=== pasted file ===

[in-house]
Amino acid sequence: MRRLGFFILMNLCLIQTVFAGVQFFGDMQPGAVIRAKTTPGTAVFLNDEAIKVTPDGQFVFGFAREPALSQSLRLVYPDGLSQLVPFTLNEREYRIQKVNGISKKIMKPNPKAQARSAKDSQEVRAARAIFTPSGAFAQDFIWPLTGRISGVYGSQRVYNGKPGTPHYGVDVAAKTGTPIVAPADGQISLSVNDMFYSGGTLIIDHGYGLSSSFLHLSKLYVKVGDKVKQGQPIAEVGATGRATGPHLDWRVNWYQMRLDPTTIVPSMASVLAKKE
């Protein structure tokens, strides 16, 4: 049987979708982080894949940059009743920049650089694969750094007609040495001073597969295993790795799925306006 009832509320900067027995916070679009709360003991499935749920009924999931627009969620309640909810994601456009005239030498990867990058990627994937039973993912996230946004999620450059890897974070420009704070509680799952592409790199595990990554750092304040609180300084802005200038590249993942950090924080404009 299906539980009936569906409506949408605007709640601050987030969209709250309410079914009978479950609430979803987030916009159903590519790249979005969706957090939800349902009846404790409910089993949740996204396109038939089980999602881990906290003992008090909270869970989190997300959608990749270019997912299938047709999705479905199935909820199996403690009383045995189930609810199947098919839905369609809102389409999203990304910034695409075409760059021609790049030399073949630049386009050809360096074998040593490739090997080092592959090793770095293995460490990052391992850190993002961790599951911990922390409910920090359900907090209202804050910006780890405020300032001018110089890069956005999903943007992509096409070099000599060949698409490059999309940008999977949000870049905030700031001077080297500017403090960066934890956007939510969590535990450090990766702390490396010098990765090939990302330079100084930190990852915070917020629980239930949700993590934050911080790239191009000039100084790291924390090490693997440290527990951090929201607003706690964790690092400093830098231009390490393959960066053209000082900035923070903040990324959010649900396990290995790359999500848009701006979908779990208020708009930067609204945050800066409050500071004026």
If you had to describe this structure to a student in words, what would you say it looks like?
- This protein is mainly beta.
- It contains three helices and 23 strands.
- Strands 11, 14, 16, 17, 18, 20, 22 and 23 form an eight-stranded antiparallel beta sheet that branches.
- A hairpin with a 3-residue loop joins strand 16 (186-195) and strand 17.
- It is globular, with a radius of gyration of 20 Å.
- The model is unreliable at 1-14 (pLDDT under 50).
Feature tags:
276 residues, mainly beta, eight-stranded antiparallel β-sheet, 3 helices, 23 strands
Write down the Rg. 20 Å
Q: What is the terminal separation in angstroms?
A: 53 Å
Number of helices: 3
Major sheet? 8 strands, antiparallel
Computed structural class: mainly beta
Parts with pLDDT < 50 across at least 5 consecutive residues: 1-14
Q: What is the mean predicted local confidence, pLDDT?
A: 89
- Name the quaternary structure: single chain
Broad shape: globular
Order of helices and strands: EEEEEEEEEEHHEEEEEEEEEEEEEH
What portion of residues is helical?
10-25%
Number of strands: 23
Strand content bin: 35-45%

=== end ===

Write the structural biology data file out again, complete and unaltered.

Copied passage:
[in-house]
Amino acid sequence: MRRLGFFILMNLCLIQTVFAGVQFFGDMQPGAVIRAKTTPGTAVFLNDEAIKVTPDGQFVFGFAREPALSQSLRLVYPDGLSQLVPFTLNEREYRIQKVNGISKKIMKPNPKAQARSAKDSQEVRAARAIFTPSGAFAQDFIWPLTGRISGVYGSQRVYNGKPGTPHYGVDVAAKTGTPIVAPADGQISLSVNDMFYSGGTLIIDHGYGLSSSFLHLSKLYVKVGDKVKQGQPIAEVGATGRATGPHLDWRVNWYQMRLDPTTIVPSMASVLAKKE
């Protein structure tokens, strides 16, 4: 049987979708982080894949940059009743920049650089694969750094007609040495001073597969295993790795799925306006 009832509320900067027995916070679009709360003991499935749920009924999931627009969620309640909810994601456009005239030498990867990058990627994937039973993912996230946004999620450059890897974070420009704070509680799952592409790199595990990554750092304040609180300084802005200038590249993942950090924080404009 299906539980009936569906409506949408605007709640601050987030969209709250309410079914009978479950609430979803987030916009159903590519790249979005969706957090939800349902009846404790409910089993949740996204396109038939089980999602881990906290003992008090909270869970989190997300959608990749270019997912299938047709999705479905199935909820199996403690009383045995189930609810199947098919839905369609809102389409999203990304910034695409075409760059021609790049030399073949630049386009050809360096074998040593490739090997080092592959090793770095293995460490990052391992850190993002961790599951911990922390409910920090359900907090209202804050910006780890405020300032001018110089890069956005999903943007992509096409070099000599060949698409490059999309940008999977949000870049905030700031001077080297500017403090960066934890956007939510969590535990450090990766702390490396010098990765090939990302330079100084930190990852915070917020629980239930949700993590934050911080790239191009000039100084790291924390090490693997440290527990951090929201607003706690964790690092400093830098231009390490393959960066053209000082900035923070903040990324959010649900396990290995790359999500848009701006979908779990208020708009930067609204945050800066409050500071004026």
If you had to describe this structure to a student in words, what would you say it looks like?
- This protein is mainly beta.
- It contains three helices and 23 strands.
- Strands 11, 14, 16, 17, 18, 20, 22 and 23 form an eight-stranded antiparallel beta sheet that branches.
- A hairpin with a 3-residue loop joins strand 16 (186-195) and strand 17.
- It is globular, with a radius of gyration of 20 Å.
- The model is unreliable at 1-14 (pLDDT under 50).
Feature tags:
276 residues, mainly beta, eight-stranded antiparallel β-sheet, 3 helices, 23 strands
Write down the Rg. 20 Å
Q: What is the terminal separation in angstroms?
A: 53 Å
Number of helices: 3
Major sheet? 8 strands, antiparallel
Computed structural class: mainly beta
Parts with pLDDT < 50 across at least 5 consecutive residues: 1-14
Q: What is the mean predicted local confidence, pLDDT?
A: 89
- Name the quaternary structure: single chain
Broad shape: globular
Order of helices and strands: EEEEEEEEEEHHEEEEEEEEEEEEEH
What portion of residues is helical?
10-25%
Number of strands: 23
Strand content bin: 35-45%